Burning Out


Ever since I entered university, I’ve noticed that burnout has become a sort of statement. Sleepless nights prove that we are hard workers. Investing in full-time education, part-time work, volunteering, internships, and clubs all in one semester show that we are committed. When people do allow themselves the luxury of having fun, they become so drunk in trying to forget their stresses that ‘fun’ is hardly the right word for it. People are suffering. Mental illness has become so rampant that nearly everyone I know is on drugs for anxiety, depression, or attention issues. And it’s not just students who are overworked. I know adults who are working between 75 and 95 hours per week, then coming home to walk the dogs and do the dishes. What is going on? Why do people refuse to take care of themselves? What is the point of working to achieve our goals in life if we are too busy and miserable to enjoy the fruits of our labor?

This is not how God intends for us to live. Even the Creator of the universe rests when needed, as said in Genesis 2:2: “By the seventh day God had finished the work he had been doing; so on the seventh day he rested from all his work.”

So if God Himself takes time to relax, then why do we mere mortals expect ourselves to keep going? Making a living is necessary and meaningful. However, that does not mean we should disregard our physical and mental health in doing so. The bible warns against pushing yourself too hard:

“Don’t wear yourself out trying to get rich. Be wise enough to know when to quit.”- Proverbs 23:4

“Be careful, or your hearts will be weighed down with carousing, drunkenness and the anxieties of life, and that day will close on you suddenly like a trap.”- Luke 21:34

We live in a culture that invented caffeine pills. Where the average adult gets five hours of sleep per night. Where half of us will develop an anxiety disorder at some point in our lifetime. And our Creator did not design us to keep going at this pace.

The work we do should glorify God, not bring us to early graves. When we feel tired at the end of a long day of work, we should be able to sleep soundly with a sense of accomplishment. Instead, we force ourselves to stay up and work even more, feeling nothing but weariness. Our bodies our temples to God, we should honor and respect them. We should let ourselves sleep in. We should cook and eat healthy meals. We should exercise. Pray. Spend time with friends and family. Daydream. Read for pleasure. Make plans. Make mistakes. We should respect the person who can achieve a healthy work-life balance, not chastise them for being ‘lazy’ while we suffer behind our success. Hard work is worth it but only up to a point. We should remind ourselves to work so that it enhances our lives rather than destroying them. After all, God intended for Christians to be the light of the world. Let us not burn ourselves out when we could be shining so brightly.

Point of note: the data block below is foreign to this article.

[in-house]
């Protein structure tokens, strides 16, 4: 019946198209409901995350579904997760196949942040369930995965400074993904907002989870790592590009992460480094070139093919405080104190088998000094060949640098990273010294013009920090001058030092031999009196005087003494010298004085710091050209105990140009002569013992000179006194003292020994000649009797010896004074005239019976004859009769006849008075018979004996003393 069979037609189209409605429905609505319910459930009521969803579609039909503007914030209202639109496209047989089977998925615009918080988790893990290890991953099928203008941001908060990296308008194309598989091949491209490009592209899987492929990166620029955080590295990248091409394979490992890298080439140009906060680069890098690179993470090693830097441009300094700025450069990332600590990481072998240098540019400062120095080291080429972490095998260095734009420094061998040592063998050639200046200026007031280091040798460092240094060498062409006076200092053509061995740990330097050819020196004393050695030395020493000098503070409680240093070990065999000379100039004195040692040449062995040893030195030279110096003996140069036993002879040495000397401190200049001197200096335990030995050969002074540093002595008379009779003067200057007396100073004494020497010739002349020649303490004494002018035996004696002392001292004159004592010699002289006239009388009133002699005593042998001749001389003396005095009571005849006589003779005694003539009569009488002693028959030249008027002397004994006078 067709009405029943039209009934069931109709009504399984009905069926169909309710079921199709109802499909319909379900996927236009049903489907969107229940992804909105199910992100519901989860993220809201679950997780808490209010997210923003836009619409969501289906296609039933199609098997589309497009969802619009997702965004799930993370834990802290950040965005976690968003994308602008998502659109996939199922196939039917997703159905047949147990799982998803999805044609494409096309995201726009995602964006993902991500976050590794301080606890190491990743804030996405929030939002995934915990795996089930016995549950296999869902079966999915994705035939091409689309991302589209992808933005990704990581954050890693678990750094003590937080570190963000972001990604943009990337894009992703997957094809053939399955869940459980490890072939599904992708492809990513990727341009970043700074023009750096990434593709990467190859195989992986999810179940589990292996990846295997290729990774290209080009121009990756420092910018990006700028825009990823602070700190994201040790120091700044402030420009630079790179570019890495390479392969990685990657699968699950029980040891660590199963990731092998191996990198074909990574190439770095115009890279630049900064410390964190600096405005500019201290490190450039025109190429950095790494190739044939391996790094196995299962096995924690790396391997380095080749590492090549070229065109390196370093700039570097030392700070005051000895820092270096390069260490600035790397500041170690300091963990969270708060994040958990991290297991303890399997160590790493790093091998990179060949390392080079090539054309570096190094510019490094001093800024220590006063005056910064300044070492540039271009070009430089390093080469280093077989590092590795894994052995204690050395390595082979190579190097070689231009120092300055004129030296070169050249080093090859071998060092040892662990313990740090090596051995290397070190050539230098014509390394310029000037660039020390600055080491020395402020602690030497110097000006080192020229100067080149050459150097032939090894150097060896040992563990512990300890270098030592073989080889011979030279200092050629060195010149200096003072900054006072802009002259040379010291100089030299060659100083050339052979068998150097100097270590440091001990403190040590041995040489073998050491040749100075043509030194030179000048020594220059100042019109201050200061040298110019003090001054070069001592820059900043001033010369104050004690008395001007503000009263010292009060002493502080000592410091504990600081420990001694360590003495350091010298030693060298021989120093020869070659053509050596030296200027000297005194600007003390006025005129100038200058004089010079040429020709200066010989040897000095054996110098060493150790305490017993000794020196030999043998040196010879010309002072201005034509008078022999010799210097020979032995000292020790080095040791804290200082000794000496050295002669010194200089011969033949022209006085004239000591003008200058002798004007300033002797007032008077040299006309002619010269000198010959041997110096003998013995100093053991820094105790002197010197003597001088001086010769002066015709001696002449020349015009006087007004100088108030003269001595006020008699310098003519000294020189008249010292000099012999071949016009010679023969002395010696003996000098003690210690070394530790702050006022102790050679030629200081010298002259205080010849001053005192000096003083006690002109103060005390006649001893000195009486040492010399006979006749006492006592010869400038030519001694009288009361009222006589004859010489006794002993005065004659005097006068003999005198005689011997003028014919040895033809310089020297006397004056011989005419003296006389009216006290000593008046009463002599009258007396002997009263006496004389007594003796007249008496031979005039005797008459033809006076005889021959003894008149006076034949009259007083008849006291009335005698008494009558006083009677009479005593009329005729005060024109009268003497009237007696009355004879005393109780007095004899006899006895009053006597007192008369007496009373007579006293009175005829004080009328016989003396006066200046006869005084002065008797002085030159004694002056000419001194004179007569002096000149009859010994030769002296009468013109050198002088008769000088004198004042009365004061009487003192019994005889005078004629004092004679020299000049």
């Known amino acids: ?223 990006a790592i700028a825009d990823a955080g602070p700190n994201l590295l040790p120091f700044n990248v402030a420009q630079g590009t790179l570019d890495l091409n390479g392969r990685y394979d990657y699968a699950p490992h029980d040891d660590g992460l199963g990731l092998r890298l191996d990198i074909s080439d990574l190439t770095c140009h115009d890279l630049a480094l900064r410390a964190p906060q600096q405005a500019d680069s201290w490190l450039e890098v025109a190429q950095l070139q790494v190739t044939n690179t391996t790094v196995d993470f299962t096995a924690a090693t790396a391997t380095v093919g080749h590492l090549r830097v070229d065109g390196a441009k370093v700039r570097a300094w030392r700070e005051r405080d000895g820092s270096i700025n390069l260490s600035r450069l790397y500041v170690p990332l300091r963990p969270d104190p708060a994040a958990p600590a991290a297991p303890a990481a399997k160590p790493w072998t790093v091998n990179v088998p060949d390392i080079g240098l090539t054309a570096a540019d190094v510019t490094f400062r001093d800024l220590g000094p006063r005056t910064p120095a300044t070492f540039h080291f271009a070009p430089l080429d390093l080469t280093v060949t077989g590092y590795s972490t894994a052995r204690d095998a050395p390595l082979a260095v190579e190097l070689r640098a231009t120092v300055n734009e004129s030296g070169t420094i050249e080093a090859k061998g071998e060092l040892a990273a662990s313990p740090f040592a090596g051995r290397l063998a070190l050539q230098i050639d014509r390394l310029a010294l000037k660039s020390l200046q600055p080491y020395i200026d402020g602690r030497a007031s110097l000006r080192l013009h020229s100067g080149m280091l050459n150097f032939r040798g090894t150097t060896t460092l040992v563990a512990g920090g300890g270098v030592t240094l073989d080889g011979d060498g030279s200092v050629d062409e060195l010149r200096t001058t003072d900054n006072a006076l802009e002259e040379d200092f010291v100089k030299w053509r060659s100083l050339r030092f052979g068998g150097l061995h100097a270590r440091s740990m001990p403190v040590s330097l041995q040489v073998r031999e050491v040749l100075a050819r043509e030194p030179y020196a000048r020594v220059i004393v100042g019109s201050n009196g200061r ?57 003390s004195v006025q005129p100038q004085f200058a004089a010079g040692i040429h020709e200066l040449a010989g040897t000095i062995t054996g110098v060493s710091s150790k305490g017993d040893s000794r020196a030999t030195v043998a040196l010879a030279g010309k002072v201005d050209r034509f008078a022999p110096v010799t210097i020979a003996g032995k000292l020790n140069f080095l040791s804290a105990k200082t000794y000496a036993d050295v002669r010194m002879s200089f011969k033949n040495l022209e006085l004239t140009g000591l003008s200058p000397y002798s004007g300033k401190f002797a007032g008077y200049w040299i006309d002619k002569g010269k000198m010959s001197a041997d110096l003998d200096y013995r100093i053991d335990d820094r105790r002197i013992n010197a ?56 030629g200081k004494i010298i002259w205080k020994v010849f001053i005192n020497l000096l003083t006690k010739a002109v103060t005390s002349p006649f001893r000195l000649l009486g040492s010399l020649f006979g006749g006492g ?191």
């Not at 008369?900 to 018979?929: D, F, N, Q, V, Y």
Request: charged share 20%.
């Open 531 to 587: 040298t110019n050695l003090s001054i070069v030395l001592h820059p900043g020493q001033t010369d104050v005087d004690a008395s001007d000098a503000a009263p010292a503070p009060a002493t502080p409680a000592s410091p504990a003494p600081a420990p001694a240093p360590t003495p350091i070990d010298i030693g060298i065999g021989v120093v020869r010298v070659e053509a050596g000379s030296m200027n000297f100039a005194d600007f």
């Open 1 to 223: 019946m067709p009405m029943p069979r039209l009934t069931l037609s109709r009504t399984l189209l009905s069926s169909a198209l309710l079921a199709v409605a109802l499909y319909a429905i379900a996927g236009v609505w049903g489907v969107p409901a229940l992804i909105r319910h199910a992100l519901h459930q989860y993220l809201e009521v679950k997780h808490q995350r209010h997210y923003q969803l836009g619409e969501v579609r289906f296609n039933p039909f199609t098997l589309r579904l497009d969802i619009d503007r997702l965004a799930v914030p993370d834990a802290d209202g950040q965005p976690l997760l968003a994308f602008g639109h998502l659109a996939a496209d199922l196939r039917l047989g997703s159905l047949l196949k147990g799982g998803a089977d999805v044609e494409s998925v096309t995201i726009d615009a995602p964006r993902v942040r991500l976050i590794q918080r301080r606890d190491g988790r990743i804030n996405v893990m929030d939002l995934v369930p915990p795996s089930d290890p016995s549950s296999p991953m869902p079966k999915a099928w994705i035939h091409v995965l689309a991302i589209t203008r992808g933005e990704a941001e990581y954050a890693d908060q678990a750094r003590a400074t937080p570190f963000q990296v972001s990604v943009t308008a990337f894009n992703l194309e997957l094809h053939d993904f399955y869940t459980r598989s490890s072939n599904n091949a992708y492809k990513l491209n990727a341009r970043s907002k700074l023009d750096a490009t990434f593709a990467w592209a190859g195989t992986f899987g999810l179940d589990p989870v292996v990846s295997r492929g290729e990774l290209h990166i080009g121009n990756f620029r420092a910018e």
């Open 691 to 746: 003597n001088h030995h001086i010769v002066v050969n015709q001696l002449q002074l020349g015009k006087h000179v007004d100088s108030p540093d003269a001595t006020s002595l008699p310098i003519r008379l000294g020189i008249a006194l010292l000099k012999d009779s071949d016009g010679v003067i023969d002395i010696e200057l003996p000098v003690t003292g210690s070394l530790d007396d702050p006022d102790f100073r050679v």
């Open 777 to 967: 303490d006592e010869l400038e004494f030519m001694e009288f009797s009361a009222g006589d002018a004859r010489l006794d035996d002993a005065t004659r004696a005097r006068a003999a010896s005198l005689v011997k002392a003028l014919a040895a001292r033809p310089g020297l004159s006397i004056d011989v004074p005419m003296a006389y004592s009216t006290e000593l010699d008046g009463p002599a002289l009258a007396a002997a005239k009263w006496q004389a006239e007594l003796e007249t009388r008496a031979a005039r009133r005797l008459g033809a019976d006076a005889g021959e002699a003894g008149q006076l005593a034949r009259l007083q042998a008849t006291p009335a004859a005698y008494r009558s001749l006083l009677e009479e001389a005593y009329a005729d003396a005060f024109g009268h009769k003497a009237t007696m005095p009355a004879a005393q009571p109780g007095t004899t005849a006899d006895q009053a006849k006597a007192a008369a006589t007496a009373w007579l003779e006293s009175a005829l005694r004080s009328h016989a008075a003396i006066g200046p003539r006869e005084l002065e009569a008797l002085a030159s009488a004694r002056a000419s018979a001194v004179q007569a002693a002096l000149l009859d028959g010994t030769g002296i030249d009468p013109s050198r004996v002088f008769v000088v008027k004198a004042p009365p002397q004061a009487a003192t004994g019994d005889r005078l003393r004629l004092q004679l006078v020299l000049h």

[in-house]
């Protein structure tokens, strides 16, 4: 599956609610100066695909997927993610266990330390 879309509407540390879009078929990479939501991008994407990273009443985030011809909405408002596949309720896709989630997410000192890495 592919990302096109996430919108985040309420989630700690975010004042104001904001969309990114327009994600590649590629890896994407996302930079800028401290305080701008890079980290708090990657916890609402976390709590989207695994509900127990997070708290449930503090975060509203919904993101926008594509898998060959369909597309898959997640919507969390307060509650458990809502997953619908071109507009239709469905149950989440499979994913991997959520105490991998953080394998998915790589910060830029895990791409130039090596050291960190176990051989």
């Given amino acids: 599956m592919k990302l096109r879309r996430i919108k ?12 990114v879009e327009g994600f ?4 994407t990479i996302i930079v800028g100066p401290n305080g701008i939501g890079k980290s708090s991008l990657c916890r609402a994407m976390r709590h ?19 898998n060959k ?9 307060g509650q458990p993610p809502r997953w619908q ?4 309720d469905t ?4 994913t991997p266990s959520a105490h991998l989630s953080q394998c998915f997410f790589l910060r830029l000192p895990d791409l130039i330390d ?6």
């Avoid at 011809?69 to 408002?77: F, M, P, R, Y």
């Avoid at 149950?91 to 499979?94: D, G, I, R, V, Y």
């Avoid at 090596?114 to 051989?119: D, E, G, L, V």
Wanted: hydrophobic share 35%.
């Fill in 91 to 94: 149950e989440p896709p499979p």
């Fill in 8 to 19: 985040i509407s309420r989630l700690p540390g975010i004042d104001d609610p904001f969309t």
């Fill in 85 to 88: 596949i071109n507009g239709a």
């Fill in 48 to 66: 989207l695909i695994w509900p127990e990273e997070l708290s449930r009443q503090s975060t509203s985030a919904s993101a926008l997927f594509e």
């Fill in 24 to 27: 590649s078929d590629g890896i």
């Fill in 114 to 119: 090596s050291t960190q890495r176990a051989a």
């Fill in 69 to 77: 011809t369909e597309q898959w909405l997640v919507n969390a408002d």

If you like this post, you might also be interested in:

Who God Made You To Be

To All Those Not Good Enough

photo credit: <a href="http://www.flickr.com/photos/34039290@N06/6942985858">keep your chin up</a> via <a href="http://photopin.com">photopin</a> <a href="https://creativecommons.org/licenses/by-nc-nd/2.0/">(license)</a>

10 thoughts on “Burning Out

  1. Jaco Alberts says:

    Great post indeed. People all over the world are intimidated by the lie that we should perform to the extreme for the sake of being successful. People are being abused and driven to their limits and beyond out of fear that they might lose their jobs or that they won’t be considered for promotions.

    People are giving up on their own dreams under the pressure of abusive employers.

    What we tend to forget is that God is our provider (Philippians 4:6,7 & 19), not our careers.

    Thank you for reminding us about this very important principle.


Leave a Reply

Fill in your details below or click an icon to log in:

WordPress.com Logo

You are commenting using your WordPress.com account. Log Out /  Change )

Twitter picture

You are commenting using your Twitter account. Log Out /  Change )

Facebook photo

You are commenting using your Facebook account. Log Out /  Change )

Connecting to %s